“I’m pleased with my performance but the most important thing was to get the three points – that was good for us and we deserved it for the hard work that we put in. Now we’ve got seven points and we are looking forward to the next game.”

Strategic Improvements

To spend or not to spend?

Ah the eternal question facing the football fan in the summer. To be pleased with what your side has done, or to always focus on what they are yet to do.

This is the dilemma facing not just Fulham fans at the moment, but probably those inside the club as well. With a around 3 weeks remaining until another fraught summer transfer window comes to a close, it is the question that will be on all our minds for some while yet.

The dilemma permeating my Fulham obsessed brain is that while the business done so far is actually very good, it is all a little underwhelming. Adel Taarabt is a signing I championed here over a month ago, but as a loan signing with no clarity on whether there’s a purchase option, he is frankly not the marquee name a billionaire takeover should merit.

It was actually Martin Jol’s post match comments following the 1-2 defeat to Parma on Saturday that really hit a nerve. He said that should we sign no more players we would have a season exactly like the last one. Well, firstly I’d argue that is not true, as the sea of teams around us has improved markedly over the summer, and secondly, Martin’s memory must be hazy as last season was all a little too close to call relegation-wise for all of our collective hearts.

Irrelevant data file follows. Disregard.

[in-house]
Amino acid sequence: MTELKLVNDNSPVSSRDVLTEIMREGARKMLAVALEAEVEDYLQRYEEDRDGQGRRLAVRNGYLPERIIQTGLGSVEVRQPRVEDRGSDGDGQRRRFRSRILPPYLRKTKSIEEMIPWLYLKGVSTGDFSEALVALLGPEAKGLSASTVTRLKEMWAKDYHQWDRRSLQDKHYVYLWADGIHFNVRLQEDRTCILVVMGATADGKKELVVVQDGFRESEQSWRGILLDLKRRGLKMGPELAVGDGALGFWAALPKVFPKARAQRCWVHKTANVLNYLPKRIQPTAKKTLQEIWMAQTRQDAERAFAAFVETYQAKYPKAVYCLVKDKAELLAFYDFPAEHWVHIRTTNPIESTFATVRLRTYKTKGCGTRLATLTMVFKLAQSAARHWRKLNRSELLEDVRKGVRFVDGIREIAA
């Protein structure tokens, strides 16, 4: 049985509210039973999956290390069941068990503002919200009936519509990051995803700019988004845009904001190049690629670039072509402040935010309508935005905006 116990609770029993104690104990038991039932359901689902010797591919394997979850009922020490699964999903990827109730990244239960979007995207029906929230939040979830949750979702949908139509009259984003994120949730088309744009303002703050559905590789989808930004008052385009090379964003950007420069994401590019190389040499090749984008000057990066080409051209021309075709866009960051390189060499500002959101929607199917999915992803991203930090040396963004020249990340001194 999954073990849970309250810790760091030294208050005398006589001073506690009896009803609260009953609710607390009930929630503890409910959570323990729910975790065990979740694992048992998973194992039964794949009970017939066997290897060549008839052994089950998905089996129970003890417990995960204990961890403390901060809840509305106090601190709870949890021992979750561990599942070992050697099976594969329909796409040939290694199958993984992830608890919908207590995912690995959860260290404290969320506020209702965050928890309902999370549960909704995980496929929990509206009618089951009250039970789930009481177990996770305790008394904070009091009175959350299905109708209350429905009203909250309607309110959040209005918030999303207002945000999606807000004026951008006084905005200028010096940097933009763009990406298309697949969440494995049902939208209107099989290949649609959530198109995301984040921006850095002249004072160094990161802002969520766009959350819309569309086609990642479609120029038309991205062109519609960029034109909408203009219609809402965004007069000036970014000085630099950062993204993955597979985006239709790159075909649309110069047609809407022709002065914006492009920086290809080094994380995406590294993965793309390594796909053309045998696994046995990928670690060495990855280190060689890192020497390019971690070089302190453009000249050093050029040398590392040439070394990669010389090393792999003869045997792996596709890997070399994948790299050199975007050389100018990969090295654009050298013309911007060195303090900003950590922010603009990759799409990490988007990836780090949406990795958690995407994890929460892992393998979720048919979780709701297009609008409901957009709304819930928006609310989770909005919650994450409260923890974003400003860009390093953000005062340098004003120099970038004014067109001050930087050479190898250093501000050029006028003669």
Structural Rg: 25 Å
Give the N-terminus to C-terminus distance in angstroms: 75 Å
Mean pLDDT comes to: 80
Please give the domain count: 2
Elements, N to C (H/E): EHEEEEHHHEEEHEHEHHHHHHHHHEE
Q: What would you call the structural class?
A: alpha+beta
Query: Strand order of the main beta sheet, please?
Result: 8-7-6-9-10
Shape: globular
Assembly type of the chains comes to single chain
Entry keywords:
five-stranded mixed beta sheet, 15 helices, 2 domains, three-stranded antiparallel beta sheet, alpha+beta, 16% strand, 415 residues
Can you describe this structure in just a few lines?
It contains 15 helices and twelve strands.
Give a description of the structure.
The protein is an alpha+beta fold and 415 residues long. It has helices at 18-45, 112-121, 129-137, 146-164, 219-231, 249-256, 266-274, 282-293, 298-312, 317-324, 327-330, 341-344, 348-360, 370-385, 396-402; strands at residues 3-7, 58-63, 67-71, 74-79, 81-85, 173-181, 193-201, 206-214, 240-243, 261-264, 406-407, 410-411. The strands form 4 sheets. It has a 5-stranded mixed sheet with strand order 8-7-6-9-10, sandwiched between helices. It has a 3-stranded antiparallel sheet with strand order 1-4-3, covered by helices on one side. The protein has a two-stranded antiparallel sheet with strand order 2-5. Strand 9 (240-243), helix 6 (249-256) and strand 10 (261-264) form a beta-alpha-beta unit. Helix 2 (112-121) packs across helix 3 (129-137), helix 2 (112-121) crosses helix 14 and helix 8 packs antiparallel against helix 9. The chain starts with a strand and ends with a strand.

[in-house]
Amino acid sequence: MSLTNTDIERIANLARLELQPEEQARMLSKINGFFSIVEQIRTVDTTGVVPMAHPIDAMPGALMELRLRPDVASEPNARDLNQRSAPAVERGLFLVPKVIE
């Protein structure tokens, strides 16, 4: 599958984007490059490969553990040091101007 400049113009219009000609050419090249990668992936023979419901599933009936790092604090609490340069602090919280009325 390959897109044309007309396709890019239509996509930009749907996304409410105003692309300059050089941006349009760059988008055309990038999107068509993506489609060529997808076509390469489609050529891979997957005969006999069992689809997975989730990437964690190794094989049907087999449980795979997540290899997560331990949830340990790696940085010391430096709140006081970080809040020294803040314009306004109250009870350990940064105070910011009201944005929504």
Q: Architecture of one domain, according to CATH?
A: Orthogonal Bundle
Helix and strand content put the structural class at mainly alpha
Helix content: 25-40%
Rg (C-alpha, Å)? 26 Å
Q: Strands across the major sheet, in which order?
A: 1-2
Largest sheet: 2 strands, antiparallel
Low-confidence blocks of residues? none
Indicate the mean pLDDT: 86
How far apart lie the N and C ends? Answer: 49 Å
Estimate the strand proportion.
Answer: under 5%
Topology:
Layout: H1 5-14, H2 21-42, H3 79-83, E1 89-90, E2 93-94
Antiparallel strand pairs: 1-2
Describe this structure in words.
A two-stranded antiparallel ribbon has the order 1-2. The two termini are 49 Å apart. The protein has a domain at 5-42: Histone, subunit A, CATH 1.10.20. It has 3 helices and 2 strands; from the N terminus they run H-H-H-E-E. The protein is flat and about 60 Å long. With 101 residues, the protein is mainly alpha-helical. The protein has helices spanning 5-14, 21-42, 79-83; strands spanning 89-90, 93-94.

I hate to be reactionary voice in our collective quagmire of nervousness, but in these long summer months, a day without a whisper or a rumour feels like a week, and the two months between Maarten Stekelenburg’s signing and Taarabt’s unveiling felt like the Hundred Years War.

With the season mere days away, there is at least, some solace in the inactivity of other teams to counter act the schizophrenic commotion of others. Indeed, were I a Newcastle fan I would be rightfully using these pages to launch a diatribe against the ineffective and dawdling ponderousness of Joe Kinnear, whereas the casual Sunderland fan might indeed be worrying about how Paolo Di Canio will get his cavalcade of mercenaries [10 new signings and counting] to play as a team.

For a team like Fulham, the summer transfer window needs to be about strategic improvement, not wholesale changes. There is however, a balance that must be struck. Queens Park Rangers were relegated last season after signing too many of the wrong players, while Reading were relegated after signing too few of the right ones.

Following the departure of Mark Schwarzer, Fulham have signed world cup finalist Stekelenburg. This should be an upgrade with Schwarzer’s performances slowly declining, but Maarten was largely benched at Roma last season and may take a while to really show his class so the question marks will linger a little longer.

Adel Taarabt is largely a replacement for Urby Emmanuelson who spent the latter portion of last season on loan from AC Milan and only began to really show his talent towards the end of his spell in White. Derek Boateng is a replacement for Eyong Enoh, another successful loanee, whilst also absorbing some of Mahammadou Diarra’s workload. Whilst the capture of Fernando Amorebieta is impressive, the only out and out strategic upgrade, there are still both holes in the squad to fill and major pinpointed strategic upgrades necessary.